Prince Harry, 35, is sixth in line to the throne and the son of heir apparent Prince Charles, 71. Prince Harry and Meghan Markle chose to relinquis
Prince Harry, 35, is sixth in line to the throne and the son of heir apparent Prince Charles, 71. Prince Harry and Meghan Markle chose to relinquish their royal roles in pursuit of “a more peaceful life” and it was decided by the Queen the couple would not use the word ‘royal’ in conjunction with their work going forward.
In recent days several letters sent by the couple to charities they support have sparked controversy because they still feature their royal monograph on the letterhead.
The royal monograph is a combination of their two initials ‘M’ and ‘H’ and also features a small crown known as a coronet.
Harry and Meghan received a new coat of arms when they were made the Duke and Duchess of Sussex on their wedding day.
A statement at the time explained the significance of the crown or ‘coronet’ in this new coat of arms.
READ MORE: How Prince Harry can still use royal privilege despite step down
The statement read: “It is the coronet laid down by a Royal Warrant of 1917 for the sons and daughters of the heir apparent.
“It is composed of two crosses patée, four fleurs-de-lys and two strawberry leaves.”
Given that the coronet in question was laid down for “the sons and daughters of the heir apparent” some may question whether Meghan and Harry will still be able to use it when Prince Charles becomes king and Prince William is heir apparent.
However, unlike royal peerages and titles, it seems monograms are not affected by changes in the line of succession and Prince Harry and Meghan will likely able to continue using their special symbol once Charles is king.
Royal expert Iain MacMarthanne who is writing a doctorate based on the British explained why.
Mr MacMarthanne told Express.co.uk: “Monograms are used by all members of the royal family, either an individual letter or, when a couple, both letters intertwined.”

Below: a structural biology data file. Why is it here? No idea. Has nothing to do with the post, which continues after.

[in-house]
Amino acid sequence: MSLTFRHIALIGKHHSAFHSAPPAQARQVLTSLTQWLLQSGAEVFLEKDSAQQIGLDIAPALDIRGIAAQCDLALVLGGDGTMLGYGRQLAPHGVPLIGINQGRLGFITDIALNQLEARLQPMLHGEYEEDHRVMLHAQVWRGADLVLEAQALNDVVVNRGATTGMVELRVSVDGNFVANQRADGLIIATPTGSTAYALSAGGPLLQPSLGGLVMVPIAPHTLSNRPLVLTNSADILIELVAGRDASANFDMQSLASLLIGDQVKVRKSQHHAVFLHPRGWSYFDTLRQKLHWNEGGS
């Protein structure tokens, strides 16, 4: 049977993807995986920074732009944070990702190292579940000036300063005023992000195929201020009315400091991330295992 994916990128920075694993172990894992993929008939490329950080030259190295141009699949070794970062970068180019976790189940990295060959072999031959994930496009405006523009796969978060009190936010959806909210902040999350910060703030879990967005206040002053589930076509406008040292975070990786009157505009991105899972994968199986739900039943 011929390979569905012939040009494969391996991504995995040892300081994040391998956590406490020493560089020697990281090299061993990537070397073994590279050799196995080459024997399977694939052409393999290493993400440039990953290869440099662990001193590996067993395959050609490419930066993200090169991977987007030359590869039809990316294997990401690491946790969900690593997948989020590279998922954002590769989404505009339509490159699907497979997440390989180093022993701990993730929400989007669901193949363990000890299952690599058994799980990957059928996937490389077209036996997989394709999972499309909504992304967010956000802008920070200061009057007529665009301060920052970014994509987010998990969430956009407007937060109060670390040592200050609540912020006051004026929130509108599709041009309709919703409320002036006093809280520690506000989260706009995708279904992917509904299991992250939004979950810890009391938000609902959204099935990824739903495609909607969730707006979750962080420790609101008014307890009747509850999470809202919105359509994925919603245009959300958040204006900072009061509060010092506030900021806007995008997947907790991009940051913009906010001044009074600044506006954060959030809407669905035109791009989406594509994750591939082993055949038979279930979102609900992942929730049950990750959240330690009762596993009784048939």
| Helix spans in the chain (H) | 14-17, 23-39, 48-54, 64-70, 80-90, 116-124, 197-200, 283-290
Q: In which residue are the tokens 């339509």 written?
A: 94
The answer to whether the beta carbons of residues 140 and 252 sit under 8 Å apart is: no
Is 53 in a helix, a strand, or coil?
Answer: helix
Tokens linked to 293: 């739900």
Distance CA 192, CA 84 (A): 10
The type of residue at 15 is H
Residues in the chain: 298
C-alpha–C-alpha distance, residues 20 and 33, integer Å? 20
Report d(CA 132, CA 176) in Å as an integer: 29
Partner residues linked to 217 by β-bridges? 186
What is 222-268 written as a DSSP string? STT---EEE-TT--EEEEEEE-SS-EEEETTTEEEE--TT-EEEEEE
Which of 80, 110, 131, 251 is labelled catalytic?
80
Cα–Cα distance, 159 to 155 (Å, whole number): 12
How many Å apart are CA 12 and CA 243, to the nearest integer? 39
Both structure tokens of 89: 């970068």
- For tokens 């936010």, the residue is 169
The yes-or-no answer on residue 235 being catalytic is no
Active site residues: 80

He added: “As things presently stand, in the event of Charles becoming king, the duke of Sussex would continue to be able to use this monogram.”
However, Mr MacMarthanne did not rule out the possibility Meghan and Harry’s monogram could change in future.
He added: “Changes in sovereign do not materially affect this.
“However, dependent upon what is subsequently agreed, given the withdrawal of the Sussex’s from royal duties, this might change. Only time will tell.”
Following their royal step down Meghan and Harry have settled in LA with their son Archie Harrison and are expected to remain their for the foreseeable future.
The couple have kept their UK home Frogmore Cottage and are expected to pay back the £2.4 million taxpayer funding used to renovate it in the coming months.
Meghan and Harry will seek to become financially independent as their carve out a new life for themselves and are expected to make money in a variety of ways.
On Wednesday it was revealed the couple have joined a list of high profile names on the books of public speaking agency Harry Walker.
This could mean they gain income from giving addresses and corporate events or doing VIP meet and greets in future.
They were meant to return to visit the Queen at Balmoral this summer but the trip is likely to have been postponed due to the pandemic.